UNITED NATIONS (Reuters) - Guyana used the United Nations as a forum to blast Venezuela on Tuesday, accusing the neighboring oil powerhouse of “intimidation and aggression” related to a border dispute two days after the countries agreed to restore diplomatic ties.
In his speech at the U.N. General Assembly, Guyana’s president David Granger accused his Venezuelan counterpart, Nicolas Maduro, of cross-border bullying.
“There has been a series of acts of aggression by presidents of Venezuela against my country,” Granger said, citing actions dating from 1968 to “President Nicolas Maduro’s decree of May 2015.”
The decree created a theoretical “defense” zone offshore that would, in Venezuela’s eyes, leave Guyana with no direct access to the Atlantic Ocean.
Granger said Venezuela, “mindful of its superior wealth and military strength and unmindful of its obligation as a member state of the United Nations ... has pursued a path of intimidation and aggression.”
Maduro withdrew his country’s ambassador to Guyana in July after demanding a halt to oil exploration by Exxon Mobil Corp off the coast of a region known as the Essequibo. In September, he yanked accreditation for Guyana’s ambassador to Venezuela.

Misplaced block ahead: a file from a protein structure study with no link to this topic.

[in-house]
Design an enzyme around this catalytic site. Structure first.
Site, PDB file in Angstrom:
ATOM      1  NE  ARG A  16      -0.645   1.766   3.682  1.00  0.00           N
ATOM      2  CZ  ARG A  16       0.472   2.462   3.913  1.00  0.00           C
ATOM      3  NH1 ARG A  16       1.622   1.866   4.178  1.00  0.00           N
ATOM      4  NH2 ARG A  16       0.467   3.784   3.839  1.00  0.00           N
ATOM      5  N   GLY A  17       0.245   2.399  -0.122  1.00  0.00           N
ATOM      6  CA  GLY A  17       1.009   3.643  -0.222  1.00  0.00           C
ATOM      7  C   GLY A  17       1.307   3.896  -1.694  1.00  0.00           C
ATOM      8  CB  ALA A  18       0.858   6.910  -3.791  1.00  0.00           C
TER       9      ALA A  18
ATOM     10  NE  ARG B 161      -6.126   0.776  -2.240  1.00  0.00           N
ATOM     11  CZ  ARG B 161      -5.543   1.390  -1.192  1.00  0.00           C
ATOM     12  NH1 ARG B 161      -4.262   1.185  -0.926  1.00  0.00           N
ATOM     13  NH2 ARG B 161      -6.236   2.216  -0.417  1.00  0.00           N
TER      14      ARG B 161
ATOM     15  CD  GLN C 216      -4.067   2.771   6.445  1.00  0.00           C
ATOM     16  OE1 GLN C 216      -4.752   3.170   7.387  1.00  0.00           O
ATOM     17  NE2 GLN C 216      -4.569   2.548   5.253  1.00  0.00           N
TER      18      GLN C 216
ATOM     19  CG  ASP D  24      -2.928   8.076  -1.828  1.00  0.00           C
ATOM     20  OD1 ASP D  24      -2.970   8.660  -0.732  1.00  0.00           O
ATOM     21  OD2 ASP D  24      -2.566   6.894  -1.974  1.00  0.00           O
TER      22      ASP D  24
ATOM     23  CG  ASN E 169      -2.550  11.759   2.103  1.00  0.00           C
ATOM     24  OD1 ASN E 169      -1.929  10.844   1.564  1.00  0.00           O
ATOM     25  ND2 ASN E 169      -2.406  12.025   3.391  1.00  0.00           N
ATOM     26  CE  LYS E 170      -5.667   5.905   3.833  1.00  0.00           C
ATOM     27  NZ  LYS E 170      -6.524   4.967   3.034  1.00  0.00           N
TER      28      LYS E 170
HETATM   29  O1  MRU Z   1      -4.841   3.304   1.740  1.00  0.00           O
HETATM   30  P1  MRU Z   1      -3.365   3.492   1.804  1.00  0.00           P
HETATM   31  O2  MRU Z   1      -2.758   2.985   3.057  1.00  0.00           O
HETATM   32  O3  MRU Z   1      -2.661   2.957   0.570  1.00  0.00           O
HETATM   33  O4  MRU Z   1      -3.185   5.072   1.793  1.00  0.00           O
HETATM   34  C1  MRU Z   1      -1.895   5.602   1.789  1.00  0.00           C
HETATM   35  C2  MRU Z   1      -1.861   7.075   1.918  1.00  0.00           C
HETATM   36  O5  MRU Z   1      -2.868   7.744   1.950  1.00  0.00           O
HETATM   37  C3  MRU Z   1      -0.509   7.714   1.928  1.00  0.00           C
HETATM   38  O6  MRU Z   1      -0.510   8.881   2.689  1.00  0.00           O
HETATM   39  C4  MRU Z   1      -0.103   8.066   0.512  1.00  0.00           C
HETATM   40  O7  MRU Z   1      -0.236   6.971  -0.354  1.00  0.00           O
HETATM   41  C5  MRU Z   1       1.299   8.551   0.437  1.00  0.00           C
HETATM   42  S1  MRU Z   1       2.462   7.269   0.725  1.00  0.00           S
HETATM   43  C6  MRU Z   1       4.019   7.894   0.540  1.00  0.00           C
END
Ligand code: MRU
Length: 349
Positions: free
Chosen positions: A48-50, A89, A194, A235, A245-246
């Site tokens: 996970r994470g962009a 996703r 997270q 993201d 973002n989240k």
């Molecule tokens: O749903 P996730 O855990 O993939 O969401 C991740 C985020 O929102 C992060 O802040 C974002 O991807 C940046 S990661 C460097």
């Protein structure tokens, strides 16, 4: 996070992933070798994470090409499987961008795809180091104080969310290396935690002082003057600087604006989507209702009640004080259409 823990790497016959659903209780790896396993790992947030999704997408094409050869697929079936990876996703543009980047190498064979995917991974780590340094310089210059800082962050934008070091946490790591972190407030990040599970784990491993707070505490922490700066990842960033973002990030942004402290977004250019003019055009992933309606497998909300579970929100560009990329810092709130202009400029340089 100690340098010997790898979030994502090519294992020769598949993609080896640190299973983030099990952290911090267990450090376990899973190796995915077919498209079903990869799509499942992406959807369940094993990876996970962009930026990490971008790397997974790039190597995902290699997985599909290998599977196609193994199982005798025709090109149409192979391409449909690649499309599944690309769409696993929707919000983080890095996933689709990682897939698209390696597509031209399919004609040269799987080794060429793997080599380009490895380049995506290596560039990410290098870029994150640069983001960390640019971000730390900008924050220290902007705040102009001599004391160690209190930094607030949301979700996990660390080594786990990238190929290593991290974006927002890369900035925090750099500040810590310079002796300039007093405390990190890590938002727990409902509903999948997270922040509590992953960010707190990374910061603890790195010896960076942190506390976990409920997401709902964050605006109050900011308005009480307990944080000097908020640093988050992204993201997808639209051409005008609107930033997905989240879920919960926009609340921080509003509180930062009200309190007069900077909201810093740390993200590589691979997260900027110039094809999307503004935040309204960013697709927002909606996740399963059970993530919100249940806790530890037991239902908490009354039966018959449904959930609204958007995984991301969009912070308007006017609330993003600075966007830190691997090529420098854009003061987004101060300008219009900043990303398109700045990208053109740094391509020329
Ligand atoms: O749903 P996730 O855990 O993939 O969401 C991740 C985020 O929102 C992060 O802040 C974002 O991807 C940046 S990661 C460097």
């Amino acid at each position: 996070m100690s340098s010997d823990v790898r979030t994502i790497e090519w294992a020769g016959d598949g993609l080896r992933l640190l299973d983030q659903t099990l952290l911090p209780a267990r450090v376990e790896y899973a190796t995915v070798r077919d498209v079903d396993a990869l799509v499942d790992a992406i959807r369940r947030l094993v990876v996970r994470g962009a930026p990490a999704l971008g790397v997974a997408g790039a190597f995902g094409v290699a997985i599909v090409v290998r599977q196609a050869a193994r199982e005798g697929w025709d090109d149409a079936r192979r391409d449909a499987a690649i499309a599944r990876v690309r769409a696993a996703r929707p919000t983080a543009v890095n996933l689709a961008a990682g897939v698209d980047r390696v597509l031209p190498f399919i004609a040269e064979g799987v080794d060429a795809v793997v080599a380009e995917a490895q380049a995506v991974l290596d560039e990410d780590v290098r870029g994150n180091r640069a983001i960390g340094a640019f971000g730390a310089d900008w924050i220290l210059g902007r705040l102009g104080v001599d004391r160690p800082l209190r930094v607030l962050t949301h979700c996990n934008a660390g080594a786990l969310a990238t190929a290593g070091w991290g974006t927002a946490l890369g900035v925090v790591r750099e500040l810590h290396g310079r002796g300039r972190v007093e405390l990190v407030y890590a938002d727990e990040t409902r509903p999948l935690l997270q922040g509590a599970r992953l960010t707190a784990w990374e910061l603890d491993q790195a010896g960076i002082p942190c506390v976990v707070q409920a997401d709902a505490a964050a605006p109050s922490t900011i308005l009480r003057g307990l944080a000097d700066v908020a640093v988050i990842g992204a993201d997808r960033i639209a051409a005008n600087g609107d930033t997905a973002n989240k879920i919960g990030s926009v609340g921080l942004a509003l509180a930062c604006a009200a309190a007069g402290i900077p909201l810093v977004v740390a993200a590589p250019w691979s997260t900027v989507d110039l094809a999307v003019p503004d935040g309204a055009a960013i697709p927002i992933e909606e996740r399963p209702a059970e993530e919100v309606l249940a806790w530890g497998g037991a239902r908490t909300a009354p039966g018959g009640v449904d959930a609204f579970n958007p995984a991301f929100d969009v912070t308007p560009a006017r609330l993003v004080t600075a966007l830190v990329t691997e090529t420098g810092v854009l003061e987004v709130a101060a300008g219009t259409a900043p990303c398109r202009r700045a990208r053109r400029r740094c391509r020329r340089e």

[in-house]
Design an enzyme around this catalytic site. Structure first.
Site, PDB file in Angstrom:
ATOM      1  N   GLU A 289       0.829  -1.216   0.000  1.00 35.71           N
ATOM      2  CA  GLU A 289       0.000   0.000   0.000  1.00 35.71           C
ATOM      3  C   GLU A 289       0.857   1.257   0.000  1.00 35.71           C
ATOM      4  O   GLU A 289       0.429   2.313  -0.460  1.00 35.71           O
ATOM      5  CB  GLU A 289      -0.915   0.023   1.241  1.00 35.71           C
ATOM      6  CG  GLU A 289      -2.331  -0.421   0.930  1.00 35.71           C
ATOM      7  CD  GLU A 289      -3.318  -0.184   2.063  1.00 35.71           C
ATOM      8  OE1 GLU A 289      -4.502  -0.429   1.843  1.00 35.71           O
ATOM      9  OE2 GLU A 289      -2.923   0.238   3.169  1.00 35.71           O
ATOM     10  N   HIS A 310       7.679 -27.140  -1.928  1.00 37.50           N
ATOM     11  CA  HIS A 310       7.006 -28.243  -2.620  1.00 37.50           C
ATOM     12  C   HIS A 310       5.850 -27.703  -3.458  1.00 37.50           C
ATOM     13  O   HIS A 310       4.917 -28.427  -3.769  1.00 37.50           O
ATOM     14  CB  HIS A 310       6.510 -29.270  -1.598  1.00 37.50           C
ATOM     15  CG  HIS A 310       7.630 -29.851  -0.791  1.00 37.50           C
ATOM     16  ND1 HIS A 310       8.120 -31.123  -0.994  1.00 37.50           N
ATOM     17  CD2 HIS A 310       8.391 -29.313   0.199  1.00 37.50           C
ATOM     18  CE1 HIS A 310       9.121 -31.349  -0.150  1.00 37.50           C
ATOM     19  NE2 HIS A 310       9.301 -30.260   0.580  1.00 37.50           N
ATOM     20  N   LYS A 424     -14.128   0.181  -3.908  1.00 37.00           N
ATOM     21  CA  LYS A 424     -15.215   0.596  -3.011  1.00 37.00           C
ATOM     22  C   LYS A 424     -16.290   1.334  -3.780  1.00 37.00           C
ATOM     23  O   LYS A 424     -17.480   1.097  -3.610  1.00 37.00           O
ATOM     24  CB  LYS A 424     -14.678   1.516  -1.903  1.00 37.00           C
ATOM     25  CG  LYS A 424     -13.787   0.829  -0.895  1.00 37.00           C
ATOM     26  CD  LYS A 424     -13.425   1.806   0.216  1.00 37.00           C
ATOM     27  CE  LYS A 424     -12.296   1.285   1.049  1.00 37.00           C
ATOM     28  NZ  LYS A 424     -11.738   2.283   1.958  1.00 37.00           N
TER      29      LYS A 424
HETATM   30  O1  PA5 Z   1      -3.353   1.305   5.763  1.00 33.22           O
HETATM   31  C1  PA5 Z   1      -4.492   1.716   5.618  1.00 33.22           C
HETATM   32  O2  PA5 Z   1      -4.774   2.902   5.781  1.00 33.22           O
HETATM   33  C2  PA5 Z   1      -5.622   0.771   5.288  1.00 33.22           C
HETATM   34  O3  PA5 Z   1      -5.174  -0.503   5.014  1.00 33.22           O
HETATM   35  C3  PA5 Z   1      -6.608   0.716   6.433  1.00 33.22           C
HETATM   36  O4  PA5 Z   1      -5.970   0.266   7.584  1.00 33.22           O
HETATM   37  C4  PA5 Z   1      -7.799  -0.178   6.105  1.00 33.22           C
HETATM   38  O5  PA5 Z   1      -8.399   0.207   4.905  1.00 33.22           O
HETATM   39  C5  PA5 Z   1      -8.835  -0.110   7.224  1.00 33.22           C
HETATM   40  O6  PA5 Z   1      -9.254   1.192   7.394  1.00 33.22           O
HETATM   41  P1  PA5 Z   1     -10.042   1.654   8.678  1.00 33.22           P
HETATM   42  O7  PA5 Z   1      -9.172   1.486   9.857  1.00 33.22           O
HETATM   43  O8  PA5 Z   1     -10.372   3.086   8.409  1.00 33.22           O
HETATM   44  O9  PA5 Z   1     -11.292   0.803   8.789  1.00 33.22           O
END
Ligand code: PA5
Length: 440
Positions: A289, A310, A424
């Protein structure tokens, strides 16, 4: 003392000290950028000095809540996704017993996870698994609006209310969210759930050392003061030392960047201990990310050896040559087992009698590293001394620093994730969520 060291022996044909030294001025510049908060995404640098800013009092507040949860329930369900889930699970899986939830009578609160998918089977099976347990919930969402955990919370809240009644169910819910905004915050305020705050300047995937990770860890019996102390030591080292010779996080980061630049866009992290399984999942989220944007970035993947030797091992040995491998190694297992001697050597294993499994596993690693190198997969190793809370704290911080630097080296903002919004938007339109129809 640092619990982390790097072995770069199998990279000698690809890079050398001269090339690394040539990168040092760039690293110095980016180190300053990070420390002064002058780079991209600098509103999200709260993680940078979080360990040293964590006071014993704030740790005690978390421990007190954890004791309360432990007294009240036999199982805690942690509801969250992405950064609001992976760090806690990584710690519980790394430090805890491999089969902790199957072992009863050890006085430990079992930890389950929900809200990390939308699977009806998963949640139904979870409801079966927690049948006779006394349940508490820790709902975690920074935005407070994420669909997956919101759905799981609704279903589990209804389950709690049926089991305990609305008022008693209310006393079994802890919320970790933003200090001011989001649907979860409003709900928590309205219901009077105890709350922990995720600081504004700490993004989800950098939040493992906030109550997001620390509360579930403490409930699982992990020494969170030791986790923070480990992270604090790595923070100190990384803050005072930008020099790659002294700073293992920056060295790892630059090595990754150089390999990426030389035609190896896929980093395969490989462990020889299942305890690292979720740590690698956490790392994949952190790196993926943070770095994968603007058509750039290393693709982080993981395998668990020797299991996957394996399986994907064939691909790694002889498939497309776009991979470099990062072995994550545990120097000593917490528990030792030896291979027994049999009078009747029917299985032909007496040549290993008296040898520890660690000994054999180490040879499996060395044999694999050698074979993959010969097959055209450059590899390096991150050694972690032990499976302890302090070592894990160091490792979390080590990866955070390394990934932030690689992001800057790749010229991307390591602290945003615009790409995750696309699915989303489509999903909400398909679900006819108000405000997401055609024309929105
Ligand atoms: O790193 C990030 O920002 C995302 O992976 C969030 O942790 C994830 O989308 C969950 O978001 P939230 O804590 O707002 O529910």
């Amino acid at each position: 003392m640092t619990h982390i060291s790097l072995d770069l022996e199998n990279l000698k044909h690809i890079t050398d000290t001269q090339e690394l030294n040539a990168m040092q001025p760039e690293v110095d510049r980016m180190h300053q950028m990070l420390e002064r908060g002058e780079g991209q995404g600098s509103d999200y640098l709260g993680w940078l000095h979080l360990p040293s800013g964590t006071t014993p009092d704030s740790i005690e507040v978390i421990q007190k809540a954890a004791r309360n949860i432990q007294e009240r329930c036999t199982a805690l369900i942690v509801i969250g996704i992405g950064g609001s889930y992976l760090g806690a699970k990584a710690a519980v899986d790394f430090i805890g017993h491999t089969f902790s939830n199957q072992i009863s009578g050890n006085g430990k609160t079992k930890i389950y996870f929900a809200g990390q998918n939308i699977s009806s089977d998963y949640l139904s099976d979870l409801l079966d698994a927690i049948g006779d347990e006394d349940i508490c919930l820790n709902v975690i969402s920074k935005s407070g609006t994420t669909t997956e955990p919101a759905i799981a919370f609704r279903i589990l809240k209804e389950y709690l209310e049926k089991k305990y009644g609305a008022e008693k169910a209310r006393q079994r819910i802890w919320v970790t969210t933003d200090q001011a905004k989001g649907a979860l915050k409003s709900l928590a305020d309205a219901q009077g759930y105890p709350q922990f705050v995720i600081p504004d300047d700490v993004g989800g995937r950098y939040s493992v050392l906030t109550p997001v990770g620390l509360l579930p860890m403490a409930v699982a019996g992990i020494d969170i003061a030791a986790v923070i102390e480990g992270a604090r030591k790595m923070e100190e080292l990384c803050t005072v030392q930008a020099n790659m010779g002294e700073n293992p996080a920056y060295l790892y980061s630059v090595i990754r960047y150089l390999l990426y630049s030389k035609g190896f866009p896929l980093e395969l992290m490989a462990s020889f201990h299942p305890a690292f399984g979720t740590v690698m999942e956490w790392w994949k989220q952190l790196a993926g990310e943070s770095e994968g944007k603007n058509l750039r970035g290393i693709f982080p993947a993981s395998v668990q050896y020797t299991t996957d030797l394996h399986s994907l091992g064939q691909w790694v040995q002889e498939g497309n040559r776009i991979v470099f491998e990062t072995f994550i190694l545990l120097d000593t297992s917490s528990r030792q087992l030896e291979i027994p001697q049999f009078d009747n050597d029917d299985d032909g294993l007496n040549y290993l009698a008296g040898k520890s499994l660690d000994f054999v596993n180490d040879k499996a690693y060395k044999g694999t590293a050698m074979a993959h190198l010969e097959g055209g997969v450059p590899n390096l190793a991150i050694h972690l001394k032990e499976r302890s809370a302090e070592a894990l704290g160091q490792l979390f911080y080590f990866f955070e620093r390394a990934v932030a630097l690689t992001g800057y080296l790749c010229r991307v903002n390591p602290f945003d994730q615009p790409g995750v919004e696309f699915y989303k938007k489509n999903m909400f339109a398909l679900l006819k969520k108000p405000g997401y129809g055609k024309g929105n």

On Sunday, Maduro said he and Granger agreed to restore their respective ambassadors after meeting in New York.
“The diplomacy of peace prevailed,” Maduro said during his speech to the General Assembly on Tuesday.
Exxon in May said it had found oil in an area known as the Stabroek Block under a license granted by Guyana’s government. The company has declined to comment on the dispute.
The Essequibo, a sparsely populated region of thick jungle, functions in practice as part of Guyana. The country says Caracas agreed to relinquish the Essequibo following a ruling by an international tribunal in 1899, but that Venezuela later backtracked on that decision.
Venezuela says the 1899 ruling was unfair and insists the territory is still in dispute. Maps in Venezuela usually describe the Essequibo as the “reclamation zone.”
In another border dispute, Venezuela will allow over 1,500 deported Colombians to return to Venezuela after the two countries agreed to restore diplomatic relations, regional bloc UNASUR announced on Monday.
“There was a problem with drug trafficking,” Maduro said in his U.N. speech. “Now, today, I can say we have hope that the situation will be resolved and we will be able to resume normal working relations with the government of Colombia. The same applies to our sister republic of Guyana.”
Reporting by Hugh Bronstein; Editing by Jonathan Oatis